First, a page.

We've all seen Vince McMahon's fascination with big wrestlers grow throughout his time with WWE. It seems as if he believes that every wrestler should be at least six feet tall and weigh over 260 pounds, but why is that? What is the benefit of having so many big wrestlers in one wrestling promotion?
The most common example of a big wrestler is the monster heel. The role of the monster heel is simple. They are there to prove their dominance, simply because they are bigger than most other guys in the locker room. They throw their weight around until by some miracle a smaller man beats them in a match.
The other type of big wrestler you see, although they're very uncommon, is the babyface wrestler that has a small gimmick on the side.
The best examples of this type of wrestler in WWE are John Cena with his marine gimmick, Mark Henry with his world strongest man persona, The Great Khali's punjabi playboy gimmick, and Triple H as the cerebral assassin.
WWE is entering a new era with a lot of the younger talent currently making the transition from mid card to main event status, but it only seems to be the smaller guys, for the most part, that are getting a push.
WWE continue to use the likes of Kane, Khali, and Vladimir Kozlov when they are all likely to not even be with the promotion or retired within the next five years. Why?
Mike Knox and Ezekiel Jackson are undoubtedly the future of the big wrestlers in WWE. They are both only 31 years old, which means they could potentially be with the company for the next 10 or more years.
Knox and Jackson have been either with WWE or with WWE's development territory for four and two years respectively, but they have yet to win even a single championship belt in WWE between them. Even The Great Khali had won a title after 18 months!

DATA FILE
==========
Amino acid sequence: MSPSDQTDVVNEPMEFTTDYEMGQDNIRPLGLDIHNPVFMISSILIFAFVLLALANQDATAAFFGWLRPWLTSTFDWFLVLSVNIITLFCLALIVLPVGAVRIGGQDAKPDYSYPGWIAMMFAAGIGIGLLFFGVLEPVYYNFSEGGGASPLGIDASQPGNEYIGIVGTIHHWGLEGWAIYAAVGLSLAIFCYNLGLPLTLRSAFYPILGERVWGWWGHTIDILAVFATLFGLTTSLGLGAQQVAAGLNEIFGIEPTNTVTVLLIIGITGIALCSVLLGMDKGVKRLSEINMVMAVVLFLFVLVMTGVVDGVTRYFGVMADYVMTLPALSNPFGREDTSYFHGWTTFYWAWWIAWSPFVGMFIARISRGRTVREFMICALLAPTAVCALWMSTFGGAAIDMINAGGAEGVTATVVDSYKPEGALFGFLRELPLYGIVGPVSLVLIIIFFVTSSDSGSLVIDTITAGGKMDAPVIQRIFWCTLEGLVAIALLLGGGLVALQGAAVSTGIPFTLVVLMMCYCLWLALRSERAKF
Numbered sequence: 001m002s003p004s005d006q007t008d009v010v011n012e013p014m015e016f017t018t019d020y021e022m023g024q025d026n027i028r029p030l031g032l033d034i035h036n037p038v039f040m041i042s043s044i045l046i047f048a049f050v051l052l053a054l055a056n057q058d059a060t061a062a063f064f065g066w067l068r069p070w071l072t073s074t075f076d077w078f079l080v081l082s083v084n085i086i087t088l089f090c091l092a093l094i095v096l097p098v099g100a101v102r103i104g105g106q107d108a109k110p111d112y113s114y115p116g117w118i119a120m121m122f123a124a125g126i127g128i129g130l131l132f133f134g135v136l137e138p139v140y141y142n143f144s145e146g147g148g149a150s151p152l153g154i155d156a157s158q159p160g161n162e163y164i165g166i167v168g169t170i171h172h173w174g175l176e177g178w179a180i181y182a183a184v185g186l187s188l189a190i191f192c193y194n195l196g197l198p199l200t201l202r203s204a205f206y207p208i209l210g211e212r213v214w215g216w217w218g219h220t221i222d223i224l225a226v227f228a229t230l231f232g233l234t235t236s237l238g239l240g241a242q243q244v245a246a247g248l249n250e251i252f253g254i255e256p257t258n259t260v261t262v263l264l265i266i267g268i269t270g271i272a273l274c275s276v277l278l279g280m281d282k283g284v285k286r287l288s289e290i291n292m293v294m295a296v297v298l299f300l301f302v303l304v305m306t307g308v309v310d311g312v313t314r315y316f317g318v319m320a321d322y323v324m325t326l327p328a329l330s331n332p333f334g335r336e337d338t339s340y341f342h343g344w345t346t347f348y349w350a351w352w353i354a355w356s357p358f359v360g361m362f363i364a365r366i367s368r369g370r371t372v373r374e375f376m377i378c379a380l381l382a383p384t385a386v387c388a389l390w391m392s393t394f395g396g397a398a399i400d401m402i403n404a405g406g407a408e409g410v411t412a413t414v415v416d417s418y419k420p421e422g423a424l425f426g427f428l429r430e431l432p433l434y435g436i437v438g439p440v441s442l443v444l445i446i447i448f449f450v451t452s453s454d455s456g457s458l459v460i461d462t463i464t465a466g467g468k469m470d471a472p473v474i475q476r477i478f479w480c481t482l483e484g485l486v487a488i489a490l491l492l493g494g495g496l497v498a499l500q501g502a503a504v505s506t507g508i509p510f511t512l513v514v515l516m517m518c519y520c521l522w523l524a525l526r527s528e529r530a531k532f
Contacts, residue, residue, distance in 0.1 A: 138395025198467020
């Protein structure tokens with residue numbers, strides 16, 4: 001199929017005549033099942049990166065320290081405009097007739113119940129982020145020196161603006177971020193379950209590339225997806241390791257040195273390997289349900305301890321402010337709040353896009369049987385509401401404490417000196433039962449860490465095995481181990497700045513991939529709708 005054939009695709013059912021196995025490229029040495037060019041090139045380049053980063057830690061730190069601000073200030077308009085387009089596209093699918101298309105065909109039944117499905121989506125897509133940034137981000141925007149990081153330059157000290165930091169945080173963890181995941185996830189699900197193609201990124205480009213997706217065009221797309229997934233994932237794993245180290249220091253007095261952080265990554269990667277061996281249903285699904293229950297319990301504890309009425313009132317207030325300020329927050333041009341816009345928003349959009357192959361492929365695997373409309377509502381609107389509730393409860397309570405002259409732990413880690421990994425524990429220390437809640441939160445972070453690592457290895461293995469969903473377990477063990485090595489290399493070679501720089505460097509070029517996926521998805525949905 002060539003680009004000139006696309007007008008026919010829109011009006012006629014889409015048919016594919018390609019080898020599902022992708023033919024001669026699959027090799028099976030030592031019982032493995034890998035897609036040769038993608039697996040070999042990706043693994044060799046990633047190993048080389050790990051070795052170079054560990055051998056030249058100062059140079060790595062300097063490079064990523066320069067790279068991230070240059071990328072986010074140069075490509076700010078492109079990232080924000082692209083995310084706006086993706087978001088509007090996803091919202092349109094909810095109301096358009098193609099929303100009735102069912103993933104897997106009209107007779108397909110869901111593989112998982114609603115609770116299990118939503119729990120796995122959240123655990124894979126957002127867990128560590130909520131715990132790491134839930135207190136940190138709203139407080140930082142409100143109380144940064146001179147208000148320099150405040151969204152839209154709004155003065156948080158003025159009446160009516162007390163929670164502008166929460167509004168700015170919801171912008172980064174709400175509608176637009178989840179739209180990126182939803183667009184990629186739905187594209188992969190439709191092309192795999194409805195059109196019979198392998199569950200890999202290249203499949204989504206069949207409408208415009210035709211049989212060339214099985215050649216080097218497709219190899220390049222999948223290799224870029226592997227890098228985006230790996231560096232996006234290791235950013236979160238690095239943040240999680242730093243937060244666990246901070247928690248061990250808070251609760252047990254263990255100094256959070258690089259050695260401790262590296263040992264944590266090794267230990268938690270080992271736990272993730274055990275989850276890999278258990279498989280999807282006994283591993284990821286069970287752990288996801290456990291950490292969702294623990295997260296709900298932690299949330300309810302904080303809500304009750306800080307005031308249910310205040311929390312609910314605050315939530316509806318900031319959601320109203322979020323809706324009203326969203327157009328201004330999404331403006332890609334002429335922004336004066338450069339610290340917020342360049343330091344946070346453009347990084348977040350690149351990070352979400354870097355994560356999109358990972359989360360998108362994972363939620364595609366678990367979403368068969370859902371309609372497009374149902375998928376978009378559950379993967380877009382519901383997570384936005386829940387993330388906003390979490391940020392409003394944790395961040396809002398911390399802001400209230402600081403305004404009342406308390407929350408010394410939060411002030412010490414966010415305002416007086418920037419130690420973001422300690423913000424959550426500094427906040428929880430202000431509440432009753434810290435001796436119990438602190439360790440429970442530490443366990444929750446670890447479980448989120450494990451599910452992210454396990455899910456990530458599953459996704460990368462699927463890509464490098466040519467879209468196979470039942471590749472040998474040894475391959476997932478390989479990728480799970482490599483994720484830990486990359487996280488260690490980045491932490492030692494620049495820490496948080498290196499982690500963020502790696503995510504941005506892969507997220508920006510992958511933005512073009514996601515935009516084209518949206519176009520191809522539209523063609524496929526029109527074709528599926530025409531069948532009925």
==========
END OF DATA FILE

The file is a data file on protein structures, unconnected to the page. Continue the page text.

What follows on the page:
Mike Knox came to WWE back in 2005 with a developmental deal. He only made a few appearances on WWE shows throughout his first 12 months, most notably as a masked terrorist during Mohammed Hassan's famous angle that lead to Hassan parting ways with the company.
In June of 2006, Knox became a member of the ECW roster and debuted as Kelly Kelly's on screen boyfriend who didn't want her stripping in the ring. Since then, Knox has feuded with CM Punk, Tommy Dreamer, Finlay, and Rey Mysterio.
Ezekiel Jackson's entry to WWE was much more recent. He joined the company on a development deal in 2007, where he wrestled with the likes of Eric Escobar, DJ Gabriel, and Kofi Kingston while he was in FCW.
It was only last July when Jackson debuted as The Brian Kendrick's bodyguard on Smackdown.
He continued under the gimmick for the better part of a year before being separated from Kendrick after being drafted to ECW in April of this year. It wasn't until this month that he started wrestling in ECW.
I whole-heartedly believe that WWE should be grooming these future superstars for the main event scene, or at the very least the upper mid card. What's the point of having Knox job to Khali in a throw away match, all to try and build towards Khali vs. Kane? Khali and Kane should be trying to put over Knox and Jackson and passing on whatever tips they can offer.
The bottom line is that WWE will quickly run out of big wrestlers within the next five or so years. Triple H (40), Batista (40), Kane (42), Undertaker (44), Mark Henry (37), Vladimir Kozlov (37), and Big Show (37) will all most likely be a part of WWE's alumni over the next few years.
Vince McMahon should stop introducing big wrestlers at the age of 35+ when he's sitting on a couple of gems in Knox and Jackson. He wouldn't sign a high flyer in his late 30's, so why does he do it with the big guys?
I see a lot of potential in Mike Knox and Ezekiel Jackson. They have already learned the basics when it comes to in-ring skills, and they've got plenty of time to improve all the other aspects of their characters.
Who knows? Maybe we could see one of them tuning face in the near future to fill the void left by the departure of other superstars?
I implore you WWE, please give them a chance!